The bold statement: CASE formula always calculates all values (including else) even if a condition has already been met.

Use case: Create a formula field to calculate the 1st day of next month from closedate (for simplification lets assume all months have equal number of days)

Consider the following 2 formulas:


12, DATE(YEAR(CloseDate)+1,1,1),
DATE(YEAR(CloseDate),MONTH(CloseDate) + 1,1)


IF(MONTH(CloseDate) == 12,
DATE( YEAR(CloseDate), MONTH(CloseDate) + 1,1)

Guess what, if the Close Date is in December Formula_1 will throw an error. In Formula_1, “MONTH(CloseDate) + 1” was evaluated even though the case = 12 was met. Obviously, Salesforce knows 13 isn’t a valid month and hence throws an error.

Consider another formula (forget the use case for a while):

12, DATE(YEAR(CloseDate),MONTH(CloseDate)-1,1),
DATE(YEAR(CloseDate),MONTH(CloseDate) + 1,1)

Here if the closedate is in Jan the formula again throws an error. Which means that when the else statement is true, the formula still evaluates the case with value = ’12’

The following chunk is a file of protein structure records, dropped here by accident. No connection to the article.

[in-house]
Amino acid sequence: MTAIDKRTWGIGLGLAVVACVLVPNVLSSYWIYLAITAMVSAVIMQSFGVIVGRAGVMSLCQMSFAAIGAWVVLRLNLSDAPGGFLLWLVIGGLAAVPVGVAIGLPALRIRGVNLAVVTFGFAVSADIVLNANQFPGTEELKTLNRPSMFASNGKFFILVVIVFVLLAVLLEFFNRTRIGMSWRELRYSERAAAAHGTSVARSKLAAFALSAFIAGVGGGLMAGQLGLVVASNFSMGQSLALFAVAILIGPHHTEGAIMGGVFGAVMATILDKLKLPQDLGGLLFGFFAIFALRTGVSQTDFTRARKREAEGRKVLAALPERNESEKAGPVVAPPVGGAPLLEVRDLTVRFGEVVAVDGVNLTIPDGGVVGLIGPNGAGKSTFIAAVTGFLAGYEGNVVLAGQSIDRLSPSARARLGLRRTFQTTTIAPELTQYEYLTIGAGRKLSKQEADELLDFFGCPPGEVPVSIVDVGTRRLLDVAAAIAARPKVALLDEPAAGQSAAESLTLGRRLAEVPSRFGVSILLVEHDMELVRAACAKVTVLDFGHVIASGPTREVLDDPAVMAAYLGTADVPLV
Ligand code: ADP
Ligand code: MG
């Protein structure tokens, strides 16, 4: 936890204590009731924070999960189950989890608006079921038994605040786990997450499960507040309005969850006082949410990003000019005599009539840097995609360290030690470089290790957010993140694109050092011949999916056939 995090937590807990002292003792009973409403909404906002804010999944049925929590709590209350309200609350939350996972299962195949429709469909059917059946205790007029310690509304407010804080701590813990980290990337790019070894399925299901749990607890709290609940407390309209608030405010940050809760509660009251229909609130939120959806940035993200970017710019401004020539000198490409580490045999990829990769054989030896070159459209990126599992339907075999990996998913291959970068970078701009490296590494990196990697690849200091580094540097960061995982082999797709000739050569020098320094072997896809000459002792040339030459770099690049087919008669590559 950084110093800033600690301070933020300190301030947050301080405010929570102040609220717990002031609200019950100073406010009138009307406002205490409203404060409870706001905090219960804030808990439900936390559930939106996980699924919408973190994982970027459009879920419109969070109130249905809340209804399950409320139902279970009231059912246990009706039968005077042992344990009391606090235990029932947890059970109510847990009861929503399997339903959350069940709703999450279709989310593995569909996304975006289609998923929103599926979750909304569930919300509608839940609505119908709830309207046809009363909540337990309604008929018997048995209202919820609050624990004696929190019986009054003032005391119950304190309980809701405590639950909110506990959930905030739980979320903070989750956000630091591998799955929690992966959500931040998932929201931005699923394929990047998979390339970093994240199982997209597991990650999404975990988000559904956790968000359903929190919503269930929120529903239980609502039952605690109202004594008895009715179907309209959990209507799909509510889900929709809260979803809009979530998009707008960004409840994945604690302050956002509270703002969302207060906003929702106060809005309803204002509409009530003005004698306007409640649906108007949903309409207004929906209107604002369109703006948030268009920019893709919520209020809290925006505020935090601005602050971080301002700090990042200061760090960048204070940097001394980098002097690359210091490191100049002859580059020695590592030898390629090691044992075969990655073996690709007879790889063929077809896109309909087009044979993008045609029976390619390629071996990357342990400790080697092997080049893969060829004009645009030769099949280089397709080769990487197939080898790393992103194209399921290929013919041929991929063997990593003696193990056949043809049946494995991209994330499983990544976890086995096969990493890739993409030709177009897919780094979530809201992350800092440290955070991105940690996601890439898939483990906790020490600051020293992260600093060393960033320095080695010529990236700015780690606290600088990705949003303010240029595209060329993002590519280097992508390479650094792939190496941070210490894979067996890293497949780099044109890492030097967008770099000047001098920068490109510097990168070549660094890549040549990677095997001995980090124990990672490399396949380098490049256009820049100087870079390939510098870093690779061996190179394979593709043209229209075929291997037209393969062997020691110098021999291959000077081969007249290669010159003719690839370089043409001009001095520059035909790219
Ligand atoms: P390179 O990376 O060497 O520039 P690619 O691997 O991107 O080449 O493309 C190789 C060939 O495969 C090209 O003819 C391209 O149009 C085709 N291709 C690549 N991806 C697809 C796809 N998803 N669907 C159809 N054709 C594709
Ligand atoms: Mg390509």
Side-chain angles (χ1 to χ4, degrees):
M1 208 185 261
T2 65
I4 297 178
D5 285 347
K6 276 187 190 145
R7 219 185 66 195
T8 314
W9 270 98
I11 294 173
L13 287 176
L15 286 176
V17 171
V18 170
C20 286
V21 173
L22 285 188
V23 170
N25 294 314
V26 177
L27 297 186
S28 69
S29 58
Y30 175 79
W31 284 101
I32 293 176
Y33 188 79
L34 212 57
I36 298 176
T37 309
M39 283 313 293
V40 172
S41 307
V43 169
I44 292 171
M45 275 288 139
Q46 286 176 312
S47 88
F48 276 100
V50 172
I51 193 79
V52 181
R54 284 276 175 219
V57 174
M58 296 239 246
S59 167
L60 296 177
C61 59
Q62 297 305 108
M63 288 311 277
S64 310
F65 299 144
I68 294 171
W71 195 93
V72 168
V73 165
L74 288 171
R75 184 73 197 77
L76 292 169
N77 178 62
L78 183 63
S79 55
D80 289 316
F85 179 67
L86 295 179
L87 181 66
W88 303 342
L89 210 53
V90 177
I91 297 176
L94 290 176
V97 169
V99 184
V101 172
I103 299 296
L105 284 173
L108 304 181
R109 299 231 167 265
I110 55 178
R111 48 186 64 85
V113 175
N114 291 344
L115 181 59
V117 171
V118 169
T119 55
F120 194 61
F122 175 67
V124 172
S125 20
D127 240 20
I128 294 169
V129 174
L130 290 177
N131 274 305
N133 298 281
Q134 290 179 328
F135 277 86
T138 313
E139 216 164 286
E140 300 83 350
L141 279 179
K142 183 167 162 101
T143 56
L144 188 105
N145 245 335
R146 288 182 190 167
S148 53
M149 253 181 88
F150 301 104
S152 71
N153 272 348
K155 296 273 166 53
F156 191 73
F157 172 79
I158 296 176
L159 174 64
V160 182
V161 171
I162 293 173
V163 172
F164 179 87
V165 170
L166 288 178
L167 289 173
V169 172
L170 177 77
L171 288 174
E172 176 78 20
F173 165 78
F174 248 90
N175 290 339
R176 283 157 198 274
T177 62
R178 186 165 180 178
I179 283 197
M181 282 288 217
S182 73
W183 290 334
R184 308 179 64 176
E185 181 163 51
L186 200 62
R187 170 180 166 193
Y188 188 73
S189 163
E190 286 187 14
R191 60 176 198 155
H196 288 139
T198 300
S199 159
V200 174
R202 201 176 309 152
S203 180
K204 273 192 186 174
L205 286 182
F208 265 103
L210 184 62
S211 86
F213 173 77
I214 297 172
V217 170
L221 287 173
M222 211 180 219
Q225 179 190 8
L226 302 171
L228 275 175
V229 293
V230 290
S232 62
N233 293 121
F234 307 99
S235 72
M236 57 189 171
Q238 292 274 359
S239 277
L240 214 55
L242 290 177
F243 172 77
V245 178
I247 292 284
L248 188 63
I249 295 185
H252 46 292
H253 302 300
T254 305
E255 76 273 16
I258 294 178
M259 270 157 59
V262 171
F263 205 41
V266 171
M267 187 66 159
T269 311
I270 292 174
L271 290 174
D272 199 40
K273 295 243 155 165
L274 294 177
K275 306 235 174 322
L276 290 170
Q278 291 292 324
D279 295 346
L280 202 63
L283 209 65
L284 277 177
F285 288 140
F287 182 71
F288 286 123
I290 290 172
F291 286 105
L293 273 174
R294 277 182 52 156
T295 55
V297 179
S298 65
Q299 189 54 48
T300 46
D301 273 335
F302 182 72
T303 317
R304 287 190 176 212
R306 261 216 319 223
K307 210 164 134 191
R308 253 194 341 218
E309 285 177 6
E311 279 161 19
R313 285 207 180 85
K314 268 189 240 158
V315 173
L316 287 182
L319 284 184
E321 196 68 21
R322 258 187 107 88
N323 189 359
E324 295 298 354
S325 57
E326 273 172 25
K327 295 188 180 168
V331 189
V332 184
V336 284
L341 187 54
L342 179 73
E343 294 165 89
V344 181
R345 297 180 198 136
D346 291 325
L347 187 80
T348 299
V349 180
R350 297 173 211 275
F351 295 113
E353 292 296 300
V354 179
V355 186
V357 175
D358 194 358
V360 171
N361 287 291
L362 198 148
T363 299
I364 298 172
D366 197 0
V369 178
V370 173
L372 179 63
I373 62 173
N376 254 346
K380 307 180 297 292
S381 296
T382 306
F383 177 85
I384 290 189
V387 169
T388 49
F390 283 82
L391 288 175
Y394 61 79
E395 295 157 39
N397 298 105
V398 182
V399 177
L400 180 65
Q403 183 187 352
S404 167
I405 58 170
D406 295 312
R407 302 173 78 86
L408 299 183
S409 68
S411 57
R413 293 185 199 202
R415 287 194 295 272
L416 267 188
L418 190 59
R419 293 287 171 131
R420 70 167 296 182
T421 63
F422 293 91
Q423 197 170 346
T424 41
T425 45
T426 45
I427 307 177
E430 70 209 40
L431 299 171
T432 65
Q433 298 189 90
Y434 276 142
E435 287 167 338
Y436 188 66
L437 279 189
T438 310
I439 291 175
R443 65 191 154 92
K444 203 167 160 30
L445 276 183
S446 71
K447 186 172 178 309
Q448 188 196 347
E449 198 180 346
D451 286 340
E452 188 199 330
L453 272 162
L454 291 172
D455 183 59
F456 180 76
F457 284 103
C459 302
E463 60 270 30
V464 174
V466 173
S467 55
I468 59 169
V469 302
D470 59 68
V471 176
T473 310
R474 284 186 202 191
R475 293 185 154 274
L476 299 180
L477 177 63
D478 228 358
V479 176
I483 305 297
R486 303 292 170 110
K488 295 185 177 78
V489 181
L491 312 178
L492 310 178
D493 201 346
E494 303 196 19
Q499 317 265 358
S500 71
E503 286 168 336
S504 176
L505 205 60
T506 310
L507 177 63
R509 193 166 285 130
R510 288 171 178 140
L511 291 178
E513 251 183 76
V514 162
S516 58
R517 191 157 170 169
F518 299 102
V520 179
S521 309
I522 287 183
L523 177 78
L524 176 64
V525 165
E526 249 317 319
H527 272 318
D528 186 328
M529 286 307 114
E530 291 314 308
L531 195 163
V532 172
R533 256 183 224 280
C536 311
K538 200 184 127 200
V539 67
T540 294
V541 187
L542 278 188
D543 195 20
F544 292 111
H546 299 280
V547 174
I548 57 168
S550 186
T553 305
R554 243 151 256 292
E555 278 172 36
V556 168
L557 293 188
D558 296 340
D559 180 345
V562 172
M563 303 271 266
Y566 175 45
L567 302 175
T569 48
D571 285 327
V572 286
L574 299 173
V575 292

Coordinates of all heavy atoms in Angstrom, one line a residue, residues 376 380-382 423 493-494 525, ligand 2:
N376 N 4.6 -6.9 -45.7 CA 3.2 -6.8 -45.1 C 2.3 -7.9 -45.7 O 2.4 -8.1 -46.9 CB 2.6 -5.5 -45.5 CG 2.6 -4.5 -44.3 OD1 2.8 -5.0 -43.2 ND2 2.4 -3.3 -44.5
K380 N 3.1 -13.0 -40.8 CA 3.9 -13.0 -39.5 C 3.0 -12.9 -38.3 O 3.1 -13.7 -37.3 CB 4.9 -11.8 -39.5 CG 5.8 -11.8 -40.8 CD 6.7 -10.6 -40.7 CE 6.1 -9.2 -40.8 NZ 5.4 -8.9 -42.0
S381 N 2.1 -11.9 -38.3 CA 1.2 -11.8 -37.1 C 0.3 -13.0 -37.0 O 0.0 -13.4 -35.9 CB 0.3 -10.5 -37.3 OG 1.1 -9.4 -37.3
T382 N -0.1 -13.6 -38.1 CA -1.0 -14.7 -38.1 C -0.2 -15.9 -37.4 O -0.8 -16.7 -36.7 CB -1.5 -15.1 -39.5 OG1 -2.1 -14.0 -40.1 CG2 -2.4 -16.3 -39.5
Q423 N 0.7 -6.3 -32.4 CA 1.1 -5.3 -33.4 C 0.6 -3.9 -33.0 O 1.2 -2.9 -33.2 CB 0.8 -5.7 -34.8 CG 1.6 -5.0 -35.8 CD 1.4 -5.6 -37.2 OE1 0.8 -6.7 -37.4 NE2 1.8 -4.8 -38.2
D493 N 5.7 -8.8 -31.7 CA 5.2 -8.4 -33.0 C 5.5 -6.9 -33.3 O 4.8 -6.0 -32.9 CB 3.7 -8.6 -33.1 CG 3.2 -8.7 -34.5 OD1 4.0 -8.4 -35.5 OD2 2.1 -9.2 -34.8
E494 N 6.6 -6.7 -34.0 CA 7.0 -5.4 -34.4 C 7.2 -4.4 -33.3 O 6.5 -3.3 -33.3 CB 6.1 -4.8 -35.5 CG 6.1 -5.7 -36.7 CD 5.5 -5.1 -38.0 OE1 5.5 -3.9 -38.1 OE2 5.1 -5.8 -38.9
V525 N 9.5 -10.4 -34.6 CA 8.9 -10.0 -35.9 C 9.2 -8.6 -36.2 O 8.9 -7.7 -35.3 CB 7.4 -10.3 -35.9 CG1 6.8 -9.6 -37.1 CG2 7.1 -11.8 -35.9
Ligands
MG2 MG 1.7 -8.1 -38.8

Another example:

Formula is:

case (
0, 0,

If Number_field__c = 0, the formula throws an error.

What we infer from here:-

CASE formula always calculates all the condition values (including else) even if a condition has already been met.
Note: This is not true for IF statements, which doesn’t calculate the “false” value if a condition is met.

Visual illustration of above examples:

In the image a below, the 2 fields on the left are date and number fields respectively, while the 2 fields on the right are the formula fields as defined above. See the result for yourself:



Hope this will help write better CASE statements.